The prevalence of drug use was 668/1548 (43%); see Table 1. Unemployment prevalence was higher among those who use drugs (40% vs 36%, P = 0.001), and their earnings were significantly lower ($129.00 vs $209.00, P = 0.017). While only small fractions of either cohort reported being paid with money or goods the first time they had sex with a man, this percentage was higher among those who use drugs compared to those who did not (6.3% vs 2.1%, P = 0.001). The same pattern is shown for exchanging money or goods for sex in their lifetimes. Those who use drugs were more likely to report that they do not use condoms during sex when drunk (35.6% vs 21.8%, P = 0.001). More of those who use drugs have been selling sex for longer (6.7 vs 4.8 years, P = 0.032), and they have a higher percentage misconception that a healthy-looking person cannot have HIV (7.2% vs 4.3%, P = 0.013). Fewer men who use drugs were ever tested for HIV (81.3% vs 88.7%, P = 0.001). Although not statistically significant, a smaller percentage of drug users disclosed their HIV status to anyone. Overall > 90% went for care after testing positive for HIV, and the percentages were similar between the two groups (91.1% vs 94.3%, P = 0.441). A smaller percentage of those who have ever used drugs have ever taken pre-exposure prophylaxis (PrEP) (26.0% vs 32.4, P = 0.099). HIV prevalence was high among MSM who do not use drugs (25.5%) compared to those who do (18.8%). The recency of HIV infection was equally high in MSM not using drugs compared to those using drugs (13.4% vs 5.7%, P = 0.027). CD4 count and percentage of viral load suppression was not statistically different between HIV-positive MSM who use drugs (433 vs 451, P = 0.464) and those who do not (59.4% vs 62.7%, P = 0.545).

TABLE 1: Sexual health behaviours and health outcomes among MSM who use drugs in Zimbabwe.

People who use drugs are more likely to experience social determinants of poor health, including unemployment or being engaged in lower-paying jobs, which may be interrelated and also, in turn, could exacerbate their substance use patterns.10

Antiretroviral therapy in people living with HIV improves clinical outcomes and reduces onward transmission risk through viral suppression.11 HIV non-suppression in people living with HIV who use drugs is mainly attributable to sub-optimal ART adherence, which increases HIV incidence.12 Pre-exposure prophylaxis, which has been shown to reduce HIV transmission, was underutilised in this study sample.13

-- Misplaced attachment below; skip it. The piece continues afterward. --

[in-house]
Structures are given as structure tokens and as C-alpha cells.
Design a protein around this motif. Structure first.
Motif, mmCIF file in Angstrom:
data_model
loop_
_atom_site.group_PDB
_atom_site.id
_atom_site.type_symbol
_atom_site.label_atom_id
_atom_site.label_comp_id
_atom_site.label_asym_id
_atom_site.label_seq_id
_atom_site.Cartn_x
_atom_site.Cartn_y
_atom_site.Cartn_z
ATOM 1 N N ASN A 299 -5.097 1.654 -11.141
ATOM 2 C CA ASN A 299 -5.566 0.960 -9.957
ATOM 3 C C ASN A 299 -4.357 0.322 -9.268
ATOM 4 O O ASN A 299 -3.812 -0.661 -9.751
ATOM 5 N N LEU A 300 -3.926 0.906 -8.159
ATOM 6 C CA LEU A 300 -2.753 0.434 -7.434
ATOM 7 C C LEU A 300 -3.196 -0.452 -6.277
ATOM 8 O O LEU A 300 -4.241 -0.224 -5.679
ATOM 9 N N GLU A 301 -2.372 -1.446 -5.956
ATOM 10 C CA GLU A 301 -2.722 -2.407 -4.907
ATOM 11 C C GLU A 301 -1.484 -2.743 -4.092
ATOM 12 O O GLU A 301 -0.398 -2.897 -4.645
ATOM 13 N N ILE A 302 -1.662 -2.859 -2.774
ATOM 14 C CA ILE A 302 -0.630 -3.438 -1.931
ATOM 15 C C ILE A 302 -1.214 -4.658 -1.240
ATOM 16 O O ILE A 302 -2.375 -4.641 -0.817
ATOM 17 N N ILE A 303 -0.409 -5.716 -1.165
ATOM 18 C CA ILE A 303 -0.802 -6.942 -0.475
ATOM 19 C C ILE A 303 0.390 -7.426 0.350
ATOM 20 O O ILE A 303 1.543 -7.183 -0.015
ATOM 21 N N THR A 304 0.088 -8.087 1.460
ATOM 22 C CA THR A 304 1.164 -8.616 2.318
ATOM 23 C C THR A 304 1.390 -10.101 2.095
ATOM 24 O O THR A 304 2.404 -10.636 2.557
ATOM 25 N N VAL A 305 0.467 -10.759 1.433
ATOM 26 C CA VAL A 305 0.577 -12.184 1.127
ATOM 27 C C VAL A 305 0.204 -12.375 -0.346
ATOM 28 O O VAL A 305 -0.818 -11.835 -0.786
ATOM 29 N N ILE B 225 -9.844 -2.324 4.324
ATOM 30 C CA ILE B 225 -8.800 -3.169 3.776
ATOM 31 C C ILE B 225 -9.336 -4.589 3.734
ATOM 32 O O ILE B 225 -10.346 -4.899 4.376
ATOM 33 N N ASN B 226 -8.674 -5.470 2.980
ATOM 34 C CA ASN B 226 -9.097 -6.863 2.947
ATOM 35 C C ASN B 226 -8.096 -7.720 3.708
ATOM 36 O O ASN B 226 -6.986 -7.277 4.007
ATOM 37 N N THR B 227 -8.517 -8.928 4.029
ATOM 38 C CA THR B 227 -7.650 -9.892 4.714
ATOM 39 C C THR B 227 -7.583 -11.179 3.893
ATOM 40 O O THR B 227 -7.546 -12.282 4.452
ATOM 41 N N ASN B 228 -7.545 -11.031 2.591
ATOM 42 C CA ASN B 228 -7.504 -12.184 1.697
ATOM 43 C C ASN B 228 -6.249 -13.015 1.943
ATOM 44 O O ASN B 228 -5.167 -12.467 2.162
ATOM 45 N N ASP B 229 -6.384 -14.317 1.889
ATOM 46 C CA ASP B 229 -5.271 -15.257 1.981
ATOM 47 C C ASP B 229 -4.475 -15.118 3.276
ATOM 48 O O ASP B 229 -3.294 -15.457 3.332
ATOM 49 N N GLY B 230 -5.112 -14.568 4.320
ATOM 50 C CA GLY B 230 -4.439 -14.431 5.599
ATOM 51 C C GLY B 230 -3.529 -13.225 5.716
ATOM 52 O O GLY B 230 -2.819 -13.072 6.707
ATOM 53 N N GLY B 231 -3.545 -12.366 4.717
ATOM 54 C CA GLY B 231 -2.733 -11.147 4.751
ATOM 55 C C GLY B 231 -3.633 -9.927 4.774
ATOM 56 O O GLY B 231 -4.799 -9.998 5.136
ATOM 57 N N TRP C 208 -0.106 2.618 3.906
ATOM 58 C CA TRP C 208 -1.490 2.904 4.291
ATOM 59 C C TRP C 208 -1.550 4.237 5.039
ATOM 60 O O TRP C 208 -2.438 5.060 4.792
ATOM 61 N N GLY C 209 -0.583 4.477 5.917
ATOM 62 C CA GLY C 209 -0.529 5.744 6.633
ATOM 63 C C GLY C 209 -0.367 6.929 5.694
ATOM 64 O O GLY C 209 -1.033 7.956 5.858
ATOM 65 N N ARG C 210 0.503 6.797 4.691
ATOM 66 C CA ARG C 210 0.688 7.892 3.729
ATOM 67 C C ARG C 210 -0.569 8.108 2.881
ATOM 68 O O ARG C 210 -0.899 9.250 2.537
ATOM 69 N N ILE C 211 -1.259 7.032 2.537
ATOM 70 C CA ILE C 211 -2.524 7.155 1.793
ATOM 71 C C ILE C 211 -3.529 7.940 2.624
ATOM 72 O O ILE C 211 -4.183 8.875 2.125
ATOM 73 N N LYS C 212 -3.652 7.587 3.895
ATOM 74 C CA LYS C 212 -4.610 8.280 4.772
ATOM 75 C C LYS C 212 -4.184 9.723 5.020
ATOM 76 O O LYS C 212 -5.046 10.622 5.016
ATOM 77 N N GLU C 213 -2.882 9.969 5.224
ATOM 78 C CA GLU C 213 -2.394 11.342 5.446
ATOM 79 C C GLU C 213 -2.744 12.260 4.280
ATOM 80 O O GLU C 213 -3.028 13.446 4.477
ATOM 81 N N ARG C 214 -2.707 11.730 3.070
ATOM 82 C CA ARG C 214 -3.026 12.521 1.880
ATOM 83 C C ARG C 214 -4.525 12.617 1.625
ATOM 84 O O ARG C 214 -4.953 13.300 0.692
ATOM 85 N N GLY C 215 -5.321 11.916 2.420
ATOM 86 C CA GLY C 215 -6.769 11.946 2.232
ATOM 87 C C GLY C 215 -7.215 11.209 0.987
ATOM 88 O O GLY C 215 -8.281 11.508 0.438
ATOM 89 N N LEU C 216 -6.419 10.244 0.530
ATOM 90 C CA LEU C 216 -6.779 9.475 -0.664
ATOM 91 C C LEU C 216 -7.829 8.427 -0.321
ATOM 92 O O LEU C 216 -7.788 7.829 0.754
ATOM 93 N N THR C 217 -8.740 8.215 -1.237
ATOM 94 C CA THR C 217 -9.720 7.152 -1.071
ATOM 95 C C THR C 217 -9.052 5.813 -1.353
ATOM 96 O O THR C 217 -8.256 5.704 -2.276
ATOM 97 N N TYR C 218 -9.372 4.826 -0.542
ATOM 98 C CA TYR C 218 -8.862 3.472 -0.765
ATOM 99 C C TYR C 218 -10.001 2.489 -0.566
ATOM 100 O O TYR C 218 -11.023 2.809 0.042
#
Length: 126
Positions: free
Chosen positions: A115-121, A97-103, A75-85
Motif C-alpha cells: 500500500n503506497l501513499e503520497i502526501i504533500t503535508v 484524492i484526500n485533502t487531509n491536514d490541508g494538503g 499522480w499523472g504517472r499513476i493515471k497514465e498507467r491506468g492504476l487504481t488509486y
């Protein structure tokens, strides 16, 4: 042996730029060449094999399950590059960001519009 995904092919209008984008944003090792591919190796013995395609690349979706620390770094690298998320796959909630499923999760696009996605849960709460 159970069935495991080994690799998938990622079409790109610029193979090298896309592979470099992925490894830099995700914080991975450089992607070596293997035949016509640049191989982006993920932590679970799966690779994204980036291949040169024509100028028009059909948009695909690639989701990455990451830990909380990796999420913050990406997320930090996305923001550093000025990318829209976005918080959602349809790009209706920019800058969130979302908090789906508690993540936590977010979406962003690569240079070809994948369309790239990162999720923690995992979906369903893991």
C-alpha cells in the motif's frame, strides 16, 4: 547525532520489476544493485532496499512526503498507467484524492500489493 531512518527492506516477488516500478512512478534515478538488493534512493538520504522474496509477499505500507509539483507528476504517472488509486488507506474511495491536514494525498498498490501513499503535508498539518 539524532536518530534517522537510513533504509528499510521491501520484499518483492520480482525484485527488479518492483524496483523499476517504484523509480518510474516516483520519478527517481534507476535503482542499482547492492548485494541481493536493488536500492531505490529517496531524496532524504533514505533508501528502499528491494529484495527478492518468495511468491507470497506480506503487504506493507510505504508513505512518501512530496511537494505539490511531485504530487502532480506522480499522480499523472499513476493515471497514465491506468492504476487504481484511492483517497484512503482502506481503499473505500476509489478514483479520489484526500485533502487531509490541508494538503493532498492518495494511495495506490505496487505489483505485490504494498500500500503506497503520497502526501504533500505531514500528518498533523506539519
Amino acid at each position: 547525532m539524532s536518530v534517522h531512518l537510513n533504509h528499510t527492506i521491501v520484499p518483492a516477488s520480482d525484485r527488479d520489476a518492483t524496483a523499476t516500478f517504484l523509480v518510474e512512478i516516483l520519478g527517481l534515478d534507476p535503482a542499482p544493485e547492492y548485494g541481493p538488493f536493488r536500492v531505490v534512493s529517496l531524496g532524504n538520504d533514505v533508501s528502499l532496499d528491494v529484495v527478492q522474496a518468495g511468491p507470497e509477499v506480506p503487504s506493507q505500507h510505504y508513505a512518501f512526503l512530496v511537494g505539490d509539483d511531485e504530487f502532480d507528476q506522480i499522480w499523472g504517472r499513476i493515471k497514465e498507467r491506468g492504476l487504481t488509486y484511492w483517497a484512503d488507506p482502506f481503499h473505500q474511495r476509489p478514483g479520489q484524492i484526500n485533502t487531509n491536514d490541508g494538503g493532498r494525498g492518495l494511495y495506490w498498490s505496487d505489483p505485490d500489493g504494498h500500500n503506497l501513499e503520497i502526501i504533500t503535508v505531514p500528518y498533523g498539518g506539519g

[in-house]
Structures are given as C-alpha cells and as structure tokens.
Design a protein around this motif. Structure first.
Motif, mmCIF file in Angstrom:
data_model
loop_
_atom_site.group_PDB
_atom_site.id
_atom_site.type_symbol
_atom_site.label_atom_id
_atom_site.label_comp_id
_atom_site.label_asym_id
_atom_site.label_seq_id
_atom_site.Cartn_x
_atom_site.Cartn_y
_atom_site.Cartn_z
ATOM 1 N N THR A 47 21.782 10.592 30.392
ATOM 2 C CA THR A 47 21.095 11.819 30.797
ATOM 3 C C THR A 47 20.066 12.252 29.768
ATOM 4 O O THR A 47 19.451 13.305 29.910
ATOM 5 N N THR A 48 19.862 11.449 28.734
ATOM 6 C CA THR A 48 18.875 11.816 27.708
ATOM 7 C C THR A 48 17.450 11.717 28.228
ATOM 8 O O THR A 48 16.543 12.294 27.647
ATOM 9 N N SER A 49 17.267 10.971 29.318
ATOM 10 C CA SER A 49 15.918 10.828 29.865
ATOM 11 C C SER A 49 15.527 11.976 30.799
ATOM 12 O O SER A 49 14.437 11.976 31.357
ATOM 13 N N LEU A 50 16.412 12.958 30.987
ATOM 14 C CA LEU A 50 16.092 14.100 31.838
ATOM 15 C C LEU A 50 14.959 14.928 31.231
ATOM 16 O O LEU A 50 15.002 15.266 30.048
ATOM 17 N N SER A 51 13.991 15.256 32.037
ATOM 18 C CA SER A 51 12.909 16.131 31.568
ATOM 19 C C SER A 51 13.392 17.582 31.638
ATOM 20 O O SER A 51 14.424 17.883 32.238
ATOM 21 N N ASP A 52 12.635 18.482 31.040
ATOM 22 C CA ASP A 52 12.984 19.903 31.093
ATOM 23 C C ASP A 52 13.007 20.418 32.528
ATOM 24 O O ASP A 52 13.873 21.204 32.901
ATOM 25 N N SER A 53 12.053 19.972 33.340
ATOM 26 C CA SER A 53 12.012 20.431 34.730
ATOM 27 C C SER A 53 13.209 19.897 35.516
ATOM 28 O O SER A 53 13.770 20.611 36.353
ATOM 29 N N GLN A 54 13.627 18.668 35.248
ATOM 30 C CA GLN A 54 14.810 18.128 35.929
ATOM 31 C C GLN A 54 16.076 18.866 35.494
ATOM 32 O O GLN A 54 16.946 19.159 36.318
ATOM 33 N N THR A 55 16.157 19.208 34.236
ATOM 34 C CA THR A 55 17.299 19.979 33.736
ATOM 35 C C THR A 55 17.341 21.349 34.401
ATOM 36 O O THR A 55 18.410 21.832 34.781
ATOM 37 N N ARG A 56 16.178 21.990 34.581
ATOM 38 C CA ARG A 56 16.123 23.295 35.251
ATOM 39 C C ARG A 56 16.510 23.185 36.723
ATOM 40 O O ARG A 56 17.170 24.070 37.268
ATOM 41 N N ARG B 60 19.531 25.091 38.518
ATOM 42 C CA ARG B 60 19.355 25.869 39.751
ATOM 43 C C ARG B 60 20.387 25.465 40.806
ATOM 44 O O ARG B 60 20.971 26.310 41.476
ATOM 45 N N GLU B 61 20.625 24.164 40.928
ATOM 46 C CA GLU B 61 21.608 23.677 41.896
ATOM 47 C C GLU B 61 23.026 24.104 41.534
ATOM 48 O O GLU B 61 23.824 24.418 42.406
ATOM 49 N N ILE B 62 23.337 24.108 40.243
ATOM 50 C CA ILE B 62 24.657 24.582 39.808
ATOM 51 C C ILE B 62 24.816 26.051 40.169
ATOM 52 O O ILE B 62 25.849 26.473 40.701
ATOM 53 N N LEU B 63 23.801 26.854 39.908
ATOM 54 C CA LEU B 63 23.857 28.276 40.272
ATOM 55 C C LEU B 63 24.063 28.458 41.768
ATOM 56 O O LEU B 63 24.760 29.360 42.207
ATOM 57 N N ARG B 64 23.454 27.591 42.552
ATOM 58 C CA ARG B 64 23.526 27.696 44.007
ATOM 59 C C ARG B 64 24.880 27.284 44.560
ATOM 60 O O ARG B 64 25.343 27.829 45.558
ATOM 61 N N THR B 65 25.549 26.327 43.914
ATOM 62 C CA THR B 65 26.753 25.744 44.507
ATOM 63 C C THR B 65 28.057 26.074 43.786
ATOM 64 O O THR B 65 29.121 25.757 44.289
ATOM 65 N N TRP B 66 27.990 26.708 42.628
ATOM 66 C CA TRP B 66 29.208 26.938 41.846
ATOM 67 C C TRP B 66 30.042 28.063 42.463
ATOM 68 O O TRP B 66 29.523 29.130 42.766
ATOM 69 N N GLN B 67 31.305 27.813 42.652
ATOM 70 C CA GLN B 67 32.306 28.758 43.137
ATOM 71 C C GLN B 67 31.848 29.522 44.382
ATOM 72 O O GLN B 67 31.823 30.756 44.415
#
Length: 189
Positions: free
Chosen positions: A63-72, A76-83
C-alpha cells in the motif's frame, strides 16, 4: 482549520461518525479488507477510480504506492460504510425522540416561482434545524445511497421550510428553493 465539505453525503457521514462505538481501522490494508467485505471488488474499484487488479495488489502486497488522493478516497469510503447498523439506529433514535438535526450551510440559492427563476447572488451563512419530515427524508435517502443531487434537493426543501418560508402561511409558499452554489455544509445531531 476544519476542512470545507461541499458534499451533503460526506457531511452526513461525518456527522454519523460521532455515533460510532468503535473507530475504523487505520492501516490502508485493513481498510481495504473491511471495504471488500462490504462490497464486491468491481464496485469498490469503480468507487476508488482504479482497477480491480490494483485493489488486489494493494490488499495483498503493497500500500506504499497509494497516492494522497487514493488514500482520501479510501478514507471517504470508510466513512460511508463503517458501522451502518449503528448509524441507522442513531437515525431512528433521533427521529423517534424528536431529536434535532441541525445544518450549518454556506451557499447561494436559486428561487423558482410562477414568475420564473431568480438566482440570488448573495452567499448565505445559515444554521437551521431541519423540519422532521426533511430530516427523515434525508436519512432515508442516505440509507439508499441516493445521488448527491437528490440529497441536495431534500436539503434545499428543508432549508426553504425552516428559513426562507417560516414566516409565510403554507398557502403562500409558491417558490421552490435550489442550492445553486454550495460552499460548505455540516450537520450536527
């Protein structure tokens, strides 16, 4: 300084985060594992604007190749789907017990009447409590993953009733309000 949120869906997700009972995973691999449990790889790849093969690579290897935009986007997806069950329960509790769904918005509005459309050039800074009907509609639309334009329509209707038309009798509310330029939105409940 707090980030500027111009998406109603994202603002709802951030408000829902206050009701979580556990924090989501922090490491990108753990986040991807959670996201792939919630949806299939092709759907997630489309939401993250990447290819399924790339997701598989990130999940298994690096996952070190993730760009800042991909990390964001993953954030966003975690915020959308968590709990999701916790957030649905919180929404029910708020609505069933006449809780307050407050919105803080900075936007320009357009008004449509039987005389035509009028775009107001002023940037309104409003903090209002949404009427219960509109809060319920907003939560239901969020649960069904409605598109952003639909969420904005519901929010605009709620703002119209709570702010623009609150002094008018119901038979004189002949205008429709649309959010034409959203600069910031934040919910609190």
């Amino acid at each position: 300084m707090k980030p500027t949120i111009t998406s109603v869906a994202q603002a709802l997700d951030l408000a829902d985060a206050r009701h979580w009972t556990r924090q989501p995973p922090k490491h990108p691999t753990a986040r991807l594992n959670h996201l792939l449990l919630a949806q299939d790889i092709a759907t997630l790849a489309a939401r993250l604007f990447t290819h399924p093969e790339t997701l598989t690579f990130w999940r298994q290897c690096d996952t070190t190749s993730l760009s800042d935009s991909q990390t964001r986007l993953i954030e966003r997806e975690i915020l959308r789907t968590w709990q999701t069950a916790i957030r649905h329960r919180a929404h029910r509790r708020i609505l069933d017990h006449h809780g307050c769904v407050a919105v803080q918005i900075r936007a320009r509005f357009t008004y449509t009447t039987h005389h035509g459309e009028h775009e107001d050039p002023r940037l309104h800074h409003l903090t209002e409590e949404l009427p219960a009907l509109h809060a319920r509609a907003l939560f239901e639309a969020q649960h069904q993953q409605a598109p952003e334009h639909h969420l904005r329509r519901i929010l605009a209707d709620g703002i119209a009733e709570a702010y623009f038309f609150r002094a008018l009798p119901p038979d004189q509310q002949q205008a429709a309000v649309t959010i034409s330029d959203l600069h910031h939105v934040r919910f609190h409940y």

Other adverse health consequences of drug and alcohol use are poorer self-rated health, more physical symptoms, lower life satisfaction and poorer mental health and social functioning.14,15

In this study, we found diminished health and social outcomes among HIV-positive MSM who use drugs in Zimbabwe. Drug use undoubtedly shapes sexual health risk, as evidenced by higher risk behaviours shown in this study sample among drug users. Drug use is associated with an increased likelihood of engaging in behaviours that elevate the risk of HIV acquisition, which has been reported elsewhere.16 People who use drugs are disproportionately affected by comorbidities, such as hepatitis C, skin abscesses, and endocarditis, which can lead to adverse HIV clinical outcomes.17 Several other studies have found that infection with HIV and other STIs is more likely among MSM who use recreational drugs than those who do not.9,18 We, however, did not find this link in our study.

In conclusion, the world is now faced with a growing epidemic of drug use. People who use drugs engage in risky sexual health behaviours and experience poor health outcomes. This knowledge should be applied toward developing multilevel interventions such as increasing anti-drug use campaigns and strategies to keep men from using. There is a need to establish more detoxification centres to ease drug dependence and treat the disorder. There is an urgent need to address the burden of negative drug use consequences, and this is in synergy with the goals of the World Health Organizaton Special Initiative for Mental Health.19


The authors gratefully acknowledge the study team who collected the data for the biobehavioural survey as well as the participants who gave valuable information used in this viewpoint.

Competing interests

The authors declare that they have no financial or personal relationships that may have inappropriately influenced them in writing this article.

Authors’ contributions

G.M. and M.M. conceived the article, carried out the statistical analysis, and wrote the first draft of the article. All authors (M.M., I.C., T.D., C.S., G.M., O.M. and B.M.) contributed to the writing of the article, and read and approved the final viewpoint.

Ethical considerations

Ethical clearance to conduct this study was obtained from the Medical Research Council of Zimbabwe (No. MRC/A/2156) and, Columbia University Human Research Prosecution Office, Institutional Boards (No. IRB-AAAR8950) and the United States Centers for Disease Control and Prevention (CDC) Associate Director of Science (ADS).

Funding information

The study was funded by the US President’s Emergency Plan for AIDS Relief through the CDC.

Data availability

Data sharing is not applicable to this article, as no new data were created or analysed in this study.


The views and opinions expressed in this article are those of the authors and do not necessarily reflect the official position of any affiliated agency of the authors.